Aside from the characters all following several uninteresting, tedious plotlines, the characters themselves are also uninteresting and tedious. I didn't like a single damn person in this whole film. Kelsey Grammer turns in a good performance, but still his character is as cookie cutter as it gets. The same goes for everyone else in the movie. From the god awful comic relief guy (played to stoner-riffic effect by T.J. Miller), to Cade, every single character is just there so there's some kind of pretend empathy aura that will connect with the more slow witted audience members. On top of them all being basically unwatchable, the never SHUT THE FUCK UP. NEVER. Not a single second can pass without one of these morons spouting off some ill conceived bullshit about their current predicament. In one scene Comic Relief Guy (who is so abhorrent, his name isn't even worth switching tabs to look up), bemoans how he will never be able to make US$20,000 while government agents open fire with fully automatic weapons all around him. It's just stupid little things like that that drive me nuts! Like in The Dark Knight, when Joker's goons bring down a police helicopter in the middle of downtown Gotham and one of Gotham's Finest can be heard saying "Oh, that's not good!" NO FUCKING SHIT YOU PRIMORDIAL SHITSTAIN! There's no reason that anyone would actually say that in that circumstance. What's worse, is when these hairless monkeys aren't trying to be funny, they're getting insanely overly sentimental, and with actors this bad, it comes off as wholly fake. The only thing genuine about these moments, is how genuinely shitty they are, and how equally shitty the lone female vocalist wailing on the soundtrack is (think Gladiator's music, but 10 times more lame).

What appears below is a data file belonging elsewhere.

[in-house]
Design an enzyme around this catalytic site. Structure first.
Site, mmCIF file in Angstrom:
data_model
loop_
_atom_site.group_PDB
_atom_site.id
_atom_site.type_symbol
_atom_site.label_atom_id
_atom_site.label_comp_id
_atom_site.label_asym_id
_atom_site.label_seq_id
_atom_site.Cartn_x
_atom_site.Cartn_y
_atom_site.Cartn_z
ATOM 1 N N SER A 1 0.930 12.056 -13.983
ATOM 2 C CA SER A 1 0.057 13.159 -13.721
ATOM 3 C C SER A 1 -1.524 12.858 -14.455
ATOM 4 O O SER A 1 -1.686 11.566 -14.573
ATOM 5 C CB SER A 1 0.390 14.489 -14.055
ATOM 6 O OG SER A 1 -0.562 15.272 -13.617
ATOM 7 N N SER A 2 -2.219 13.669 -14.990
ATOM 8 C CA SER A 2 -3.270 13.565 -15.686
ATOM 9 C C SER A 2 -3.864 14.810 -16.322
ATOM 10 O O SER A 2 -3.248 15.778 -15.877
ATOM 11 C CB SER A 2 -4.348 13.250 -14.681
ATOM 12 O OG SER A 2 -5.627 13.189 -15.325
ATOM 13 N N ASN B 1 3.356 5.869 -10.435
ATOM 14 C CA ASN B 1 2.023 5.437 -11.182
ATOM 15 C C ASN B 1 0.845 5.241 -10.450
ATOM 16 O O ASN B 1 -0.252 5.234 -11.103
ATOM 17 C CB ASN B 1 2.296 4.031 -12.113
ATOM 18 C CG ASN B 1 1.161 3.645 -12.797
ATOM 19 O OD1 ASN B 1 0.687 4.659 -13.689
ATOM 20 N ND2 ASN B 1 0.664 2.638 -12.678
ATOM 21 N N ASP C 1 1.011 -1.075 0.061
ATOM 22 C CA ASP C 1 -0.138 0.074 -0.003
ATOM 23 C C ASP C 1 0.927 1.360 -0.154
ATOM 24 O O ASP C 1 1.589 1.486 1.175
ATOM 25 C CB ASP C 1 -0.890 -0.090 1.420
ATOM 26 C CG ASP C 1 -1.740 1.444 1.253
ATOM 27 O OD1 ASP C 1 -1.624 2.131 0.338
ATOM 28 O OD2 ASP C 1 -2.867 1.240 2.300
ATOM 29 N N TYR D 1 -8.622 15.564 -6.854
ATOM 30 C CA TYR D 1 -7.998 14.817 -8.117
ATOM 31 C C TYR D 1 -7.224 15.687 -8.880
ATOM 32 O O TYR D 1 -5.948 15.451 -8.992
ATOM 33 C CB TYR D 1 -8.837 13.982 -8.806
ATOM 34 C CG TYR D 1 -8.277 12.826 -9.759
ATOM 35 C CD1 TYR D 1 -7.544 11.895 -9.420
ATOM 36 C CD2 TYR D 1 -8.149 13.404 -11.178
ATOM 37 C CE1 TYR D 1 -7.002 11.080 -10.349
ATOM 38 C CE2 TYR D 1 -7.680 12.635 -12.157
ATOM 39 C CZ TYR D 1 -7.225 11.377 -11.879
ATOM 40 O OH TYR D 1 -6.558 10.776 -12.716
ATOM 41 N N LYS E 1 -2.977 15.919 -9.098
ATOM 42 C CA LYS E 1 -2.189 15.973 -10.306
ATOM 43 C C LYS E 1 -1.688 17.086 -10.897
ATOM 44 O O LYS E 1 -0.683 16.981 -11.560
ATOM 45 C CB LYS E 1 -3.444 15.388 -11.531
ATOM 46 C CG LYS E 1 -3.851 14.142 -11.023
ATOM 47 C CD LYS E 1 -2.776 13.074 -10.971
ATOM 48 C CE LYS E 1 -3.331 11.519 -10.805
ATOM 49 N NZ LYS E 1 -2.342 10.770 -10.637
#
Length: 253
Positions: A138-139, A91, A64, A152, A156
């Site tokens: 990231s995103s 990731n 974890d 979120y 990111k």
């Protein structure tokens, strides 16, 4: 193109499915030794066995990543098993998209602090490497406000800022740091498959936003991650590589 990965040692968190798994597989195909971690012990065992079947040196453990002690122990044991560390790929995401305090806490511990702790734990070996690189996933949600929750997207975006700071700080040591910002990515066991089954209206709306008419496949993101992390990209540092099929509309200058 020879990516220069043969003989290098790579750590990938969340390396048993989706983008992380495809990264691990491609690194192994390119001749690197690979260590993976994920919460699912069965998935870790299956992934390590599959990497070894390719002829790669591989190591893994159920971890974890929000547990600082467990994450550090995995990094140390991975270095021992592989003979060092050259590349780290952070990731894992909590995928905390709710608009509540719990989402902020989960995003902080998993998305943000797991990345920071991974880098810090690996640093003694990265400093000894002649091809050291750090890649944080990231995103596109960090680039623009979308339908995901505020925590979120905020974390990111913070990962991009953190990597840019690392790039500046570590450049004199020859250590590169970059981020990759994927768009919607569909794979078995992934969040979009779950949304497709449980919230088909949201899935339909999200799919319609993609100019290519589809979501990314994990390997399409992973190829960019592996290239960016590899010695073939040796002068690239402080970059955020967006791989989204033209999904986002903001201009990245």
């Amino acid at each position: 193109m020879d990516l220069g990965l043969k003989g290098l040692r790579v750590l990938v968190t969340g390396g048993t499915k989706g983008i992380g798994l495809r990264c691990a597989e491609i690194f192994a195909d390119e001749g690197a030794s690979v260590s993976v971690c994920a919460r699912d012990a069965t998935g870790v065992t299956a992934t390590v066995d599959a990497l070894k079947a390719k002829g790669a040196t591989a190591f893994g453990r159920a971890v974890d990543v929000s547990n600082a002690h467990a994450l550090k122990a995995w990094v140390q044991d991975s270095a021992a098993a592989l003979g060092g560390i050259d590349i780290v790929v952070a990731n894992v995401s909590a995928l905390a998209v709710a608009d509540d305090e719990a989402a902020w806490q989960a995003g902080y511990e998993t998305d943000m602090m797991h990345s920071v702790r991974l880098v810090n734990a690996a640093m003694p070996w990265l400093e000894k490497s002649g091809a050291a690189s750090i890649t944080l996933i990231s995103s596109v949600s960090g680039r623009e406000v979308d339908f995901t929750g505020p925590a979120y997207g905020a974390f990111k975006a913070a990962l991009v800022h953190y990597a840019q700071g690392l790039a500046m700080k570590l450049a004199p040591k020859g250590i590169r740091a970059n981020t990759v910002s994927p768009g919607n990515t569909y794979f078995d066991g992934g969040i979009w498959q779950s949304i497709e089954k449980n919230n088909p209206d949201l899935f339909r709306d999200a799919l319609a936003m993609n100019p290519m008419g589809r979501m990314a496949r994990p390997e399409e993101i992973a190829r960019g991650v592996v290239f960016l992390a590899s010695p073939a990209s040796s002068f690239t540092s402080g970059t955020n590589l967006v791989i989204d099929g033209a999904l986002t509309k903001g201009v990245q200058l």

This is a pretty film. Right from the get go, I was blown away by the CG visuals. They are honestly some of the most beautiful and detailed computer rendered images I've ever seen in a film, and the cherry on top is just how amazing the opening sequence is. It visually tells the story of the truth behind the extinction of the dinosaurs as a prelude to the possible extinction of the human race that Cade and Tessa face. Not a word is spoken, but every point is made clearly. It is a phenomenal scene in a bubbling lake of fecal muck that is every other moment in this film. Even the action, while being beautiful, wears thin. By the two hour mark, I found myself begging Jesus, Buddha, Krishna, Zeus, Odin, and even in the end Satan, Cthulu, Darth Vader, and Michael Bay to save me from another hour of non-stop, epilepsy inducing action. I cried, "Ye gods have forsaken me! Please! I beg of thee! Let this cruel torture end! Let not my soul be subjected to another hour of flashy action shots, which make mine eyes weep tears of blood! Nor allow the weak and awkward character moments! Nor the Comic Relief Guy's continued existence! And let these things neither plague the world of man nor beast, and let the glory of the first of ye to respond be exalted for ever and ever!"

Sadly, Jesus, Buddha, Krishna, Zeus and Odin were at a Hendrix/ Miles Davis concert and couldn't hear me, and Satan, Cthulu, and Darth Vader were playing Starcraft and couldn't leave in the middle of a match. Michael Bay however, was right there beside me, laughing in my face and making a sickening jerking motion in his pockets, as he breathed deeply of my tears and money.

Score: 0.8/10